Drives have very high burst speeds, but have it do lots of random data access constantly and watch speeds plummet. That's why a 10-disk striped array (with another 10-disks to mirror if you require redundancy, likely on another channel) tends to kick considerable ass. Because even if you're only sustaining say... 10MB/sec per disk, it's now 100MB/sec over the channel.

ATA storage is definitely cheap. If all that is required is just LOTS of storage, and performance and reliability isn't really critical, ATA is a pretty good choice. Of course then you could use robotic tape libraries as well.

SCSI also really ruled the server rooms because those expensive servers and storage systems simply didn't have ATA support. Period.

-----

Horray! (4, Interesting)

norton_I (64015) | more than 11 years ago | (#5473039)

Hopefully this will eventually lead to the elimination of the distinction between ATA and SCSI interfaces. Already the feature distinctions between the two are blurring, hopefully soon the interface will be the same and people will just decide whether they need fast or cheap drives. That would improve the quality of desktop class drives and lower the price on workstation/server drives, as well as make system managment a bit easier.

Re:Horray! (1, Interesting)

g4dget (579145) | more than 11 years ago | (#5473202)

Why would adopting a serial standard lead to "the elimination of the distinction"? When both were parallel, they were different.

The distinction is largely one of software and controller standards. SerialATA looks like an IDE controller, and SerialSCSI looks like a SCSI controller. The fact that both use a handful of wires in a thin cable to attach them doesn't change that.

Re:Horray! (0)

Anonymous Coward | more than 11 years ago | (#5473260)

did you read the second article in the posting? specifically this one:

http://www.computerworld.com/hardwaretopics/stor ag e/story/0,10801,78946,00.html

that's what he meant by elimination of the distinction.

Is this a trend? (5, Interesting)

Anonvmous Coward (589068) | more than 11 years ago | (#5473075)

I've only paid attention to HD controllers for the last couple of years or so. But I'm starting to wonder if we're seeing a pattern here. "We'll make everything more efficient by making it serial, and then years later when that's not enough we'll make it paralell to send even MORE data through!"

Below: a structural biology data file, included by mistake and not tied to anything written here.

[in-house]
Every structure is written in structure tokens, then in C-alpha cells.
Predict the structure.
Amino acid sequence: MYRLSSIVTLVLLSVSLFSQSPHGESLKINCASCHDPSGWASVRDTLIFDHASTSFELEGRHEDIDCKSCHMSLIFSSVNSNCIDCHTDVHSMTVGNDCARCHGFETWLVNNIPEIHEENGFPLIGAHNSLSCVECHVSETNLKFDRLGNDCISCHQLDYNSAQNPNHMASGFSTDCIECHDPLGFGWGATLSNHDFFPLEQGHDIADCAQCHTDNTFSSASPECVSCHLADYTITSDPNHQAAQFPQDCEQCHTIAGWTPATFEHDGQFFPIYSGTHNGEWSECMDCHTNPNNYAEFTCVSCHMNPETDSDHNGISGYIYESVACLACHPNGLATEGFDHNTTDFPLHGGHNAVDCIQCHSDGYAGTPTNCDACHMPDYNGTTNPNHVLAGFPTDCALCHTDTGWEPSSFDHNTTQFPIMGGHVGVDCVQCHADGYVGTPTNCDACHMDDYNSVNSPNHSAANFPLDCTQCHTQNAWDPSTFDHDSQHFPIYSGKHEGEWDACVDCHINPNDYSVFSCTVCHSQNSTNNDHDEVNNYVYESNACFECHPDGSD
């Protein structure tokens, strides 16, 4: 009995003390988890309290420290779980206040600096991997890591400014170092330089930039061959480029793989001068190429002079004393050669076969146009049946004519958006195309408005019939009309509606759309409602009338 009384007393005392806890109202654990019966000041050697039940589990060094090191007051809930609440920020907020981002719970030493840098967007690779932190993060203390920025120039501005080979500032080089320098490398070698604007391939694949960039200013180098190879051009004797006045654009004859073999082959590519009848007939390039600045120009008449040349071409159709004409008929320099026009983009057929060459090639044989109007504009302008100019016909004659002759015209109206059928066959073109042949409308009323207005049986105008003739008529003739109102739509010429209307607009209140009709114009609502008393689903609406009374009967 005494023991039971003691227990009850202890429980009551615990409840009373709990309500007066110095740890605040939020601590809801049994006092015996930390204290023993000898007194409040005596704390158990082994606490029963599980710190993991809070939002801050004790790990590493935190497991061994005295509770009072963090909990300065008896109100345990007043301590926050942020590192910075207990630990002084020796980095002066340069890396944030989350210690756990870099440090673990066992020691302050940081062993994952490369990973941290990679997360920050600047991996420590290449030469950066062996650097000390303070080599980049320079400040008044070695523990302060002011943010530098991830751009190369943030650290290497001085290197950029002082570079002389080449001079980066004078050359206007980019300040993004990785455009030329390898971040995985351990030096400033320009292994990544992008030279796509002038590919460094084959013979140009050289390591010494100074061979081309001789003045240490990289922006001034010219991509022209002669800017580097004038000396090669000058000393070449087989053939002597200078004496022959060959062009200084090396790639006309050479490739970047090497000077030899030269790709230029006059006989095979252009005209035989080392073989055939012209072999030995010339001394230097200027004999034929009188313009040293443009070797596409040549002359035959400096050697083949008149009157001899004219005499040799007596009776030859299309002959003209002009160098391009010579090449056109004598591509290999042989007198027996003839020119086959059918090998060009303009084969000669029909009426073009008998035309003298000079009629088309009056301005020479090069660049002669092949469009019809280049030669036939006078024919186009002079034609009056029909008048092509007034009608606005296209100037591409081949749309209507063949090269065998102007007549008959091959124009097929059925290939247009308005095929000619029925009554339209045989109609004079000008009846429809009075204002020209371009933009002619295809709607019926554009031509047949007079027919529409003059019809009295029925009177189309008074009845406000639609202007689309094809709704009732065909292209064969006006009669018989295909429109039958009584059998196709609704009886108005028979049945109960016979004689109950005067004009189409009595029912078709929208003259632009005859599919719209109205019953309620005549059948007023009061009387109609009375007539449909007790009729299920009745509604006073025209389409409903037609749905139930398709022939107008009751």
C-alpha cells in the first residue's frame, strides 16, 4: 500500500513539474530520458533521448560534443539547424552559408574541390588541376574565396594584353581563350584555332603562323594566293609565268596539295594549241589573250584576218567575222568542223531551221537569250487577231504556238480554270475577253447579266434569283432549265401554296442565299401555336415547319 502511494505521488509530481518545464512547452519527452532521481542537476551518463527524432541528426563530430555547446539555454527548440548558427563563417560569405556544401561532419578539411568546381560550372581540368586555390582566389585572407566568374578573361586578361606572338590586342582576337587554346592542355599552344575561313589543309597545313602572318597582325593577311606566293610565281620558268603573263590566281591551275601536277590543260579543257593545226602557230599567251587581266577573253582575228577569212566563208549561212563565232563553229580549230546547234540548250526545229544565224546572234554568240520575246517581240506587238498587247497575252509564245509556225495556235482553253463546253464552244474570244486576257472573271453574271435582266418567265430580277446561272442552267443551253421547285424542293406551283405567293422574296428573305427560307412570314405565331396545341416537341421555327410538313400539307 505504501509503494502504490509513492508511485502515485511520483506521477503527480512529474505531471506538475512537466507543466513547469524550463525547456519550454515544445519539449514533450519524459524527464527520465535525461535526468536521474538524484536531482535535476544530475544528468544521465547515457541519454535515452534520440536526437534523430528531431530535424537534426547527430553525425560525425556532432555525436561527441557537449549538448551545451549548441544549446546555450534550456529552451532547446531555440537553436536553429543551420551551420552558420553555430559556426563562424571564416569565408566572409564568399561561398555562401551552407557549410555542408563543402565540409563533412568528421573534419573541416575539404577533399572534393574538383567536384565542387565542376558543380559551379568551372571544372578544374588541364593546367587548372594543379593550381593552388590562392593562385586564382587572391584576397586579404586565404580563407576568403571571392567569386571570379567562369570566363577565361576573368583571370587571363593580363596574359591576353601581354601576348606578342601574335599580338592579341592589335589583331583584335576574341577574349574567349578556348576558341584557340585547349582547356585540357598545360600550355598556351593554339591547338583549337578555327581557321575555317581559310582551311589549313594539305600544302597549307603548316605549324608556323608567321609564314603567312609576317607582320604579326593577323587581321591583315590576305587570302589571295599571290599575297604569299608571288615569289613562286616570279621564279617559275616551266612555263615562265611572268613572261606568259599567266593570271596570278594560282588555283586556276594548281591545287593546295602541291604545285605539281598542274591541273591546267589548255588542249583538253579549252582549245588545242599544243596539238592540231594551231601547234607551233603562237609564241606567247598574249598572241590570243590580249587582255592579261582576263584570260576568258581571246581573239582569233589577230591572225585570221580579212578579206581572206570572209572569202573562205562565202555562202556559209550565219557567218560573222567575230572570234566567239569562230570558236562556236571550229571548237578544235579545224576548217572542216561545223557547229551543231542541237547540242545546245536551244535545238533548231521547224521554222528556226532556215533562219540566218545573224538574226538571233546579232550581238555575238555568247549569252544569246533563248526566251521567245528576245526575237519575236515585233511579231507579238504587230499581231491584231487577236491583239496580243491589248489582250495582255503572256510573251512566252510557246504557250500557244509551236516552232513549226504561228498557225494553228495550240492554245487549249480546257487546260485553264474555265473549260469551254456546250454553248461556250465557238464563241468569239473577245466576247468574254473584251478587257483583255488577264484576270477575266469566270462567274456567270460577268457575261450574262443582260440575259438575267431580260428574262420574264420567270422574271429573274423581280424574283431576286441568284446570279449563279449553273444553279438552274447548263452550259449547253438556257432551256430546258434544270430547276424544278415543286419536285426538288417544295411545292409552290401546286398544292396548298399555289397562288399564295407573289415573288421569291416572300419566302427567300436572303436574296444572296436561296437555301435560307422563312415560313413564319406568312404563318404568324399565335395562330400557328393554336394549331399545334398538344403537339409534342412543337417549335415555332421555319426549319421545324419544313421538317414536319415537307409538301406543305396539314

Anybody think we'll have a massive paralell trend in a few years?

Re:Is this a trend? (5, Informative)

TheShadow (76709) | more than 11 years ago | (#5473109)

I don't think so. The reason there is a tremendous push towards serial right now is because parallel interfaces create more interference at higher frequencies. The theory with serial is that you can push the frequency as high as you want without the interference.

CHEAP (0)

johnjones (14274) | more than 11 years ago | (#5473264)

wake up if its cheap then the drive people love it

its shake out time with people not buying and as such a way of reduceing costs is good...

what if

you only had to manufacture one drive controller and you could switch it between market segments
then if you want a high end SCSI drive you add a fast motor and bingo

thats the real reason

and its good because it means that SCSI will come down in price and people might get rid of SATA (its not going to happen but I can dream cant I )

regards

John Jones

I doubt it... (1)

Kjella (173770) | more than 11 years ago | (#5473157)

The very reasons interfaces are changing to serial is that it's very problematic to keep signals synchronized in parallell. So it's either "fast" serial, or "slow" parallell, and it looks like serial is winning. While fast parallell obviously would be the best, don't hold your breath for it.

Kjella

Re:I doubt it... (1)

lederhosen (612610) | more than 11 years ago | (#5473231)

If its not optical! Then every fiber transmits
data in parallel! But its no use at the moment
cause the electric2optical circuts is adding a
lot of latency so for short distance it is no
use, at least for now.

Re:I doubt it... (1)

Neon Spiral Injector (21234) | more than 11 years ago | (#5473256)

What I don't get is there already is a serial SCSI, it is called Fibre Channel. Right now it is clocked at 4 Gbits/sec. and there is no reason it can't go faster.

But I do agree about the problems with parallel. Thing about the interfaces called "parallel" and "serial", the old ports on the back of the computer. Sure the LPT ports were faster, but were very limited to the distance they could run because interference.

Also to get IDE over 33 Mbits/sec. they had to add an extra ground wire between each data wire to keep the noise down. SCSI always had extra wires, but they had to go to twisted pair (aka LVD) with in the cables to get any distance.

But FC is here today, it supports high, and huge cable lengths on optical cables, and respectible lengths on copper.

Re:I doubt it... (1)

Daniel Phillips (238627) | more than 11 years ago | (#5473265)

The very reasons interfaces are changing to serial is that it's very problematic to keep signals synchronized in parallell. So it's either "fast" serial, or "slow" parallell, and it looks like serial is winning. While fast parallell obviously would be the best, don't hold your breath for it.

Hypertransport is a good example of a serial/parallel interface. To get more bandwidth, you add more links in parallel, each of which is a serial link capable of carrying the whole traffic on its own, just slower.

It's too bad... (3, Insightful)

Quaoar (614366) | more than 11 years ago | (#5473076)

...that the speed limitation on data access is mostly the fault of the DRIVE, not the interface. Show me a drive that can achieve 3 gigabytes/sec and I'll be impressed.